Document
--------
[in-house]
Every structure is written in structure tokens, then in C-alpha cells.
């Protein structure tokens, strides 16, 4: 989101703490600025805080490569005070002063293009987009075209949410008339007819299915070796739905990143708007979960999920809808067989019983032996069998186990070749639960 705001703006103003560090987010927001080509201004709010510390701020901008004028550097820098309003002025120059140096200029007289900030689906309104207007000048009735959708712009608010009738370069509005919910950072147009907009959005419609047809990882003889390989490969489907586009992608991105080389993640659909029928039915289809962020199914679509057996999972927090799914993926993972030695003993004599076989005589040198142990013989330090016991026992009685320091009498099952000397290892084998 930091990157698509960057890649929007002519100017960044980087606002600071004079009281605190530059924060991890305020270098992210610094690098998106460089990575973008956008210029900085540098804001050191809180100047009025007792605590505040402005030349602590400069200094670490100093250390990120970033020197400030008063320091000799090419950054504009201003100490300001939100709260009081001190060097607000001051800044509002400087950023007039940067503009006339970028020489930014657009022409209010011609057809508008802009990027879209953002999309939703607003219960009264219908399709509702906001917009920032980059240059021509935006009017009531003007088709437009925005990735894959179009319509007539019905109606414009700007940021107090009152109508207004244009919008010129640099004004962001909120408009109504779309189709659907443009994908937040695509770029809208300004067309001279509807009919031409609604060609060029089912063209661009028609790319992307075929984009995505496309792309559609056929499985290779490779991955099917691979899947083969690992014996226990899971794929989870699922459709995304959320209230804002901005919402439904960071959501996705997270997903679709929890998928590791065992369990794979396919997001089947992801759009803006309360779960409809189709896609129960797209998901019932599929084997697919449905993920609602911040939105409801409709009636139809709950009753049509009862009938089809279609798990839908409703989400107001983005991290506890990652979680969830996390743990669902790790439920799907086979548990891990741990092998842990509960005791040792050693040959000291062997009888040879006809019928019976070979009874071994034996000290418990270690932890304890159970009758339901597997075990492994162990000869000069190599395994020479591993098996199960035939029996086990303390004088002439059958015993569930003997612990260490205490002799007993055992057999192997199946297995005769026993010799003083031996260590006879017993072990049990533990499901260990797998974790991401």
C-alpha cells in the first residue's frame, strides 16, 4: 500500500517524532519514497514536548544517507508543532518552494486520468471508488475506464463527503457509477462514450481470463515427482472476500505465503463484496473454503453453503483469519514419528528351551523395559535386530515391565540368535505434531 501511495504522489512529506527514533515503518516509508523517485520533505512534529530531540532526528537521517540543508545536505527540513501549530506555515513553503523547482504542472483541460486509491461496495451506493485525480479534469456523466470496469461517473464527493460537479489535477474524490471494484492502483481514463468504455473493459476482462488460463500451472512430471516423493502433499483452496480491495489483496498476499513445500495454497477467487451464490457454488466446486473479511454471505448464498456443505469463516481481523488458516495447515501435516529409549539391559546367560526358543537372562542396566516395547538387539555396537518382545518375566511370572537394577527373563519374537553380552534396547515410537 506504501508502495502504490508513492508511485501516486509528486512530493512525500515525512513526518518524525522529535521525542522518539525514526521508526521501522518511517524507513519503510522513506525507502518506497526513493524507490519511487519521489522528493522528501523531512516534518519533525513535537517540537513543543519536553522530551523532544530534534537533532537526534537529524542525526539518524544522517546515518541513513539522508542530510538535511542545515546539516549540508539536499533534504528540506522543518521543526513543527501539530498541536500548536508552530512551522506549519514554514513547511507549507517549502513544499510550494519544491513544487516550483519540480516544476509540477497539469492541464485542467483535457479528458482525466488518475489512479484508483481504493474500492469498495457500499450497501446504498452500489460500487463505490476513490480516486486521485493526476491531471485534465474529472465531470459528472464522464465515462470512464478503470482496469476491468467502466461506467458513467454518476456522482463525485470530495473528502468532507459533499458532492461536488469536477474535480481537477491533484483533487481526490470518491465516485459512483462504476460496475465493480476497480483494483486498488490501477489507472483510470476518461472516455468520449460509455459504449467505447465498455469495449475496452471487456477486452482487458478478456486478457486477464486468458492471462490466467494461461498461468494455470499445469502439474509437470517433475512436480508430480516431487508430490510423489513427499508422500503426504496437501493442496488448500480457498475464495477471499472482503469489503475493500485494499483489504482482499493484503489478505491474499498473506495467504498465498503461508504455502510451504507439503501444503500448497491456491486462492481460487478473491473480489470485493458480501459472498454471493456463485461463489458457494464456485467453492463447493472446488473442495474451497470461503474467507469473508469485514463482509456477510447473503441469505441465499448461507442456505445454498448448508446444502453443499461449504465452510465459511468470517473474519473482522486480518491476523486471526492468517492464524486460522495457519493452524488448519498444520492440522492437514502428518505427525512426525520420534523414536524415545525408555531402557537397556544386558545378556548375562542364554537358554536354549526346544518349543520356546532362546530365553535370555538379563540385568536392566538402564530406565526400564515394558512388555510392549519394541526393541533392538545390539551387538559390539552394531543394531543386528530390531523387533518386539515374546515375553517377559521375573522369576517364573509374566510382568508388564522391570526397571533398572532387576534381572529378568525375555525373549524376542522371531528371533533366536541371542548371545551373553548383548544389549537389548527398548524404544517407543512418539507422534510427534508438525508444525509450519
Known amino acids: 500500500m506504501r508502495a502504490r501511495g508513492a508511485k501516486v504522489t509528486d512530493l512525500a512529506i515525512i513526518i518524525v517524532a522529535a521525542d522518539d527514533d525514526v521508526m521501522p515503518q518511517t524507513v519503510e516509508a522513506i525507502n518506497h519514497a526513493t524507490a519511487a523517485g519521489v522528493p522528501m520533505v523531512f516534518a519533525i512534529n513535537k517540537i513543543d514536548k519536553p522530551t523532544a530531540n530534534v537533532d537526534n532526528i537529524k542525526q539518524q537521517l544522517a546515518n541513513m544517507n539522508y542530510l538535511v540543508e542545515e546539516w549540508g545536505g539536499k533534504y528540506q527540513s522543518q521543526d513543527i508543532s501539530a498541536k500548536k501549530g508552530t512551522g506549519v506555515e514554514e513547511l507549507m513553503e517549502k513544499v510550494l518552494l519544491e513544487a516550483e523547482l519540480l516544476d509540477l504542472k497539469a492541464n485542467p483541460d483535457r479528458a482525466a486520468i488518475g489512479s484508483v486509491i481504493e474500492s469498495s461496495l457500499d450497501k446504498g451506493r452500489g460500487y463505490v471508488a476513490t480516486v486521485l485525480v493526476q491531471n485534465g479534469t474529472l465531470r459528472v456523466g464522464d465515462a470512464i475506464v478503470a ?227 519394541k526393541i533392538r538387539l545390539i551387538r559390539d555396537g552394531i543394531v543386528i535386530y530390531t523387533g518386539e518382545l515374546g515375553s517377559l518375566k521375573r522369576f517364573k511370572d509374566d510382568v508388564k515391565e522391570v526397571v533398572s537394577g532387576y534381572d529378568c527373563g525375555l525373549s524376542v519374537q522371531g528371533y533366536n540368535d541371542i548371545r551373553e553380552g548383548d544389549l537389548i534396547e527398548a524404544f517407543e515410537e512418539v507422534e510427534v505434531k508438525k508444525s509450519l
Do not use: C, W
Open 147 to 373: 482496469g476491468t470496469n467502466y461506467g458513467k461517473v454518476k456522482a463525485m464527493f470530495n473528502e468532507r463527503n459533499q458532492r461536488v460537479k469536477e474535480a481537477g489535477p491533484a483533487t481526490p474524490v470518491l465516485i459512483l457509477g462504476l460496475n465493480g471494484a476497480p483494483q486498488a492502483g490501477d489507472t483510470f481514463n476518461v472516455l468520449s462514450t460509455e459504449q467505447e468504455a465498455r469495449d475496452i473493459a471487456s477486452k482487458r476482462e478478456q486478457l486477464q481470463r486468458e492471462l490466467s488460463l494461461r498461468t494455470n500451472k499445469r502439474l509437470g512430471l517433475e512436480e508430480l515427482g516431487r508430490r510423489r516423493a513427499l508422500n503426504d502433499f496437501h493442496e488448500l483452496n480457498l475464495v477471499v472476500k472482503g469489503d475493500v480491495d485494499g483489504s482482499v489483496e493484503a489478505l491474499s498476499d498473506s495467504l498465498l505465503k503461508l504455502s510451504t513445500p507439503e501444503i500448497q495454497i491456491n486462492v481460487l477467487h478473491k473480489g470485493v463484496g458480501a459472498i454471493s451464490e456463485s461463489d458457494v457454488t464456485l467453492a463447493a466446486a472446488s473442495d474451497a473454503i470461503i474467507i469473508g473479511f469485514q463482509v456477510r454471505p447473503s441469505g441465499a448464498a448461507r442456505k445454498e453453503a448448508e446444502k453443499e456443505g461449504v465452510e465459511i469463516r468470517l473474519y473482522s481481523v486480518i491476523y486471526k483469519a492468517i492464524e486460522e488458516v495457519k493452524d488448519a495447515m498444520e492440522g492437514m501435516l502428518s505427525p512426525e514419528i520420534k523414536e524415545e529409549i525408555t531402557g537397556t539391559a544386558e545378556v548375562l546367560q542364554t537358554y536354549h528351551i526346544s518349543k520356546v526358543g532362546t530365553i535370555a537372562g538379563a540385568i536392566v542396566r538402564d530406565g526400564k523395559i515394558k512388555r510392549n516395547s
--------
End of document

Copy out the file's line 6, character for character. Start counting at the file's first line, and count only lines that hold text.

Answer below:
Do not use: C, W